Jun-28-12  M.Hassan: "medium" Black to play 14...?
Black has a Rook for a Bishop and a pawn.

15.Kf1 Rxe5
16.dxe5 Ne3+
17.fxe3 Rxd1+
And White has to continue without Queen.

Actually, taking the Bishop before the check is more beneficial:

15.dxe5 Qc3+
16.Qd2 Ne3!!
17.Qxc3 Rd1#

Premium Chessgames Member
  chrisowen: Bin difficult in easy it reekie one boy old at eta sucker punch in

electric every it each in clink anon too rook in e5 hale it book in

until da nc3 in given off e3 it grind also e4 then big gutful crumbs

in ko it rookc6 going down the pan at on you incedence the point e5

people in hallelujah a vested interest im at e5 it freeing d8 to

barrell i should think qd1 me took it while got c3 check wait qd2

inter-poses meld ne3 king eats up ground to queen drop in tangle d2s a foot in the door 16...ne3

Jun-28-12  rilkefan: <5hrsolver> - yeah, I'm terse to lacuna often - side effect of poetry.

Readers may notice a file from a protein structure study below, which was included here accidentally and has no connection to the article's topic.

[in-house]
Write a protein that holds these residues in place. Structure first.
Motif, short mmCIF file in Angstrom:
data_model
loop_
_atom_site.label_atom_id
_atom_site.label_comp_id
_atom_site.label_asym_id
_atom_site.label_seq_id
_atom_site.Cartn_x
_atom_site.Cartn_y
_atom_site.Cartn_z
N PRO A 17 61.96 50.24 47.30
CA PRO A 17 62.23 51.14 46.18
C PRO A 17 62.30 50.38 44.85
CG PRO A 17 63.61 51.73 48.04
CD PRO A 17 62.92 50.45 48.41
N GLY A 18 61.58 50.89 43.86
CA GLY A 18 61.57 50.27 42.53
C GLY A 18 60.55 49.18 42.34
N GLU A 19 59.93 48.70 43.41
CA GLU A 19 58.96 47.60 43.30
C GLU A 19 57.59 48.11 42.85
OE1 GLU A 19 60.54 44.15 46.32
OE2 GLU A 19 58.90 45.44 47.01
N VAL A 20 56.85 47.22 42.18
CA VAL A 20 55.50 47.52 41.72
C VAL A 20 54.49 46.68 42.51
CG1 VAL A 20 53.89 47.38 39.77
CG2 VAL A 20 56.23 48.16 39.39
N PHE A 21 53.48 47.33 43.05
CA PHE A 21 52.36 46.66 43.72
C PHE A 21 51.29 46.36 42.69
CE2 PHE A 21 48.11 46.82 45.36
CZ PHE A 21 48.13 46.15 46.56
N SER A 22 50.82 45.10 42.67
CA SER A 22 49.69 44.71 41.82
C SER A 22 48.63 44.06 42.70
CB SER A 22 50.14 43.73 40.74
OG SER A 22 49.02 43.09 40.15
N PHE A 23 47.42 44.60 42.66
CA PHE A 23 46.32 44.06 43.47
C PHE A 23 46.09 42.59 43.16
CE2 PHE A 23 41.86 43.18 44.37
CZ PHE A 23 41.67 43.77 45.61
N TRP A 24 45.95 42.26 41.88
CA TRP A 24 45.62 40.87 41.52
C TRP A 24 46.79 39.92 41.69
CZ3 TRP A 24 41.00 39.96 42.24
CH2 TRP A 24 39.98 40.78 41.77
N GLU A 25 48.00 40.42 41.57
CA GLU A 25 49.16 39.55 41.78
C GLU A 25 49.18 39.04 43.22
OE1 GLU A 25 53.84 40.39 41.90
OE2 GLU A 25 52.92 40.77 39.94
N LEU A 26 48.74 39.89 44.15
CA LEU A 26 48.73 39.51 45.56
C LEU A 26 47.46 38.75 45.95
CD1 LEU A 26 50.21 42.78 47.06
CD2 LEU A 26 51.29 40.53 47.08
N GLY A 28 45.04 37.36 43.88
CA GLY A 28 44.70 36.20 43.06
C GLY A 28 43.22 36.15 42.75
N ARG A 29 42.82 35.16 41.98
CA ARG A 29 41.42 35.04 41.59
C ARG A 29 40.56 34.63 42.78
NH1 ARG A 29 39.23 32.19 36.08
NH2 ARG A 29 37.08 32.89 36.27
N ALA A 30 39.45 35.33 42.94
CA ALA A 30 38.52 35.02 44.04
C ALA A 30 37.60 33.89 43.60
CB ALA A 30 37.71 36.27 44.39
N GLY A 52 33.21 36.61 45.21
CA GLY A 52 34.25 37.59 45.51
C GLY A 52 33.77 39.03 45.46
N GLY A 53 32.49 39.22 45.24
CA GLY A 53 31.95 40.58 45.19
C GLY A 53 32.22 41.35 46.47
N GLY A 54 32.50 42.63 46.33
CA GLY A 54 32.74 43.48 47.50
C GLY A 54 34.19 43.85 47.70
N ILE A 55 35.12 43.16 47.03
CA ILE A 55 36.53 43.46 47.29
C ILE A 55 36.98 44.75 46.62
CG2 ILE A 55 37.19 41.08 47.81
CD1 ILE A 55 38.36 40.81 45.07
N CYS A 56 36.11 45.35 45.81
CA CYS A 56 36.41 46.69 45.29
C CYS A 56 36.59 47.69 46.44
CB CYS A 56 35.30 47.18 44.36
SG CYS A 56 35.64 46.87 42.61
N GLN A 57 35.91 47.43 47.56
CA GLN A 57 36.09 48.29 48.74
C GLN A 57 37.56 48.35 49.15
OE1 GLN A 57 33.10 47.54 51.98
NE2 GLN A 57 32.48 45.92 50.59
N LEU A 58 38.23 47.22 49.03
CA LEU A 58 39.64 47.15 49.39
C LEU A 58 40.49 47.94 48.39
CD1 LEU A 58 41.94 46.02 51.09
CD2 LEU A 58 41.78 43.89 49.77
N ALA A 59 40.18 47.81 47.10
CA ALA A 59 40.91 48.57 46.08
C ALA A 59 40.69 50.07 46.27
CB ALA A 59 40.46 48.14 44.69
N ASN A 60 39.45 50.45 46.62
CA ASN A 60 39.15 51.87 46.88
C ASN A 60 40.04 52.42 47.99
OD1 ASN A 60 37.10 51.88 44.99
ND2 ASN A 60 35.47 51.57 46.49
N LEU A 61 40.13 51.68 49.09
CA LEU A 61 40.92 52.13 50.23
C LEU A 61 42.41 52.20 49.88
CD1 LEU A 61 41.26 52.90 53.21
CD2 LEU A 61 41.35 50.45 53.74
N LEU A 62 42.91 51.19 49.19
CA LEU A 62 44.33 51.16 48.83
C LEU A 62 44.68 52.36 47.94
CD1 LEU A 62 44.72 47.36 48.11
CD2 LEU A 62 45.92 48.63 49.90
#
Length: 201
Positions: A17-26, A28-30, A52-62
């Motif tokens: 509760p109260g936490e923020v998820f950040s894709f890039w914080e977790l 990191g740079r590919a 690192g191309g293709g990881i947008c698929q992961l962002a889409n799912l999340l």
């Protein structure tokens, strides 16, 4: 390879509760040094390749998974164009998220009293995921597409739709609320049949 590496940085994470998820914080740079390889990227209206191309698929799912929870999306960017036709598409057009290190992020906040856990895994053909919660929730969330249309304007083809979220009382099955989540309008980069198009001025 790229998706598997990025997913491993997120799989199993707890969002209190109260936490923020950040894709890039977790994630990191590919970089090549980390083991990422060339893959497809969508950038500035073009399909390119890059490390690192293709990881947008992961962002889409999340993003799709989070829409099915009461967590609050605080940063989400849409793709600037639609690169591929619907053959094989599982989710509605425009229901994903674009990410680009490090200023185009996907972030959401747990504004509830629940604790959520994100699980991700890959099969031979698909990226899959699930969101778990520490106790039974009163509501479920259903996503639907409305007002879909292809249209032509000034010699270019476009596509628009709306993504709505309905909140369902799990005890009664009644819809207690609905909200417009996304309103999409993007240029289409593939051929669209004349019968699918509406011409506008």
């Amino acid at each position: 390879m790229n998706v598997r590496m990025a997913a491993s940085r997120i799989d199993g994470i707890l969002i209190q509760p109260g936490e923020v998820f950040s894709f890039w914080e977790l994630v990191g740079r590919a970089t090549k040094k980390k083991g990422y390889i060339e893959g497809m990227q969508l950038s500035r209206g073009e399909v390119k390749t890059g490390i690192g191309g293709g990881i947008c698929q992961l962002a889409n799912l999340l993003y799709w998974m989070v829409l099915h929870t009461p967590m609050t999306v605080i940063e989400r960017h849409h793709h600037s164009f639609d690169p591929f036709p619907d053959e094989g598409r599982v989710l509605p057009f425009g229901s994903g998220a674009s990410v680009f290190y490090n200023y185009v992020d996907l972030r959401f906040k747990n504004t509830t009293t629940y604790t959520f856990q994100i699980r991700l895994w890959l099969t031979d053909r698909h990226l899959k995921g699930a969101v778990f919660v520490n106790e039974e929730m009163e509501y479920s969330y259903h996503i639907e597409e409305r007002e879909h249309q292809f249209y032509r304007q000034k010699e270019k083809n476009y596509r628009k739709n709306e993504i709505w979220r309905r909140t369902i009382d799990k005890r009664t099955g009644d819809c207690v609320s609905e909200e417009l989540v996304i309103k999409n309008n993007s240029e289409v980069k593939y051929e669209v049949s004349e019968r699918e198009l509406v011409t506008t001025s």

The Poetry (after Li Po)

I found him wandering on the hill
one hot-blue afternoon.
He looked as skinny as a nail,
as pale-skinned as the moon;

below the broad shade of his hat
his face was cut with rain.
Dear God, poor Du Fu, I thought:
Itís the poetry again.

- Don Paterson

Jun-28-12  sevenseaman: Saccing the exchange at e5 (R for the B) clears the d8 R's sight on the White Q. The Black N at d5 later lifts with a royal fork from e3.

And that is all the story, R & N paid as a price for the B and the Q in order to win the game.

Puzzle solved, the rest being only the syntax.

<14...Rxe5 15. dxe5 Qc3+ 16. Kf1▢ (16. Qd2 Ne3 17. Qxc3 Rd1#) Ne3+ 18. fxe3 Rxd1+ 19. Kf2▢ Qe1+ 20. Kf3▢ > 0-1.

A very likely further development;

<20...g5 21. Nh3 (what else, threaten the Q) Bh5+ 22. g4 Bxg4#>

I'd say quite a good one for a Thursday. should tickle the palate of most solvers.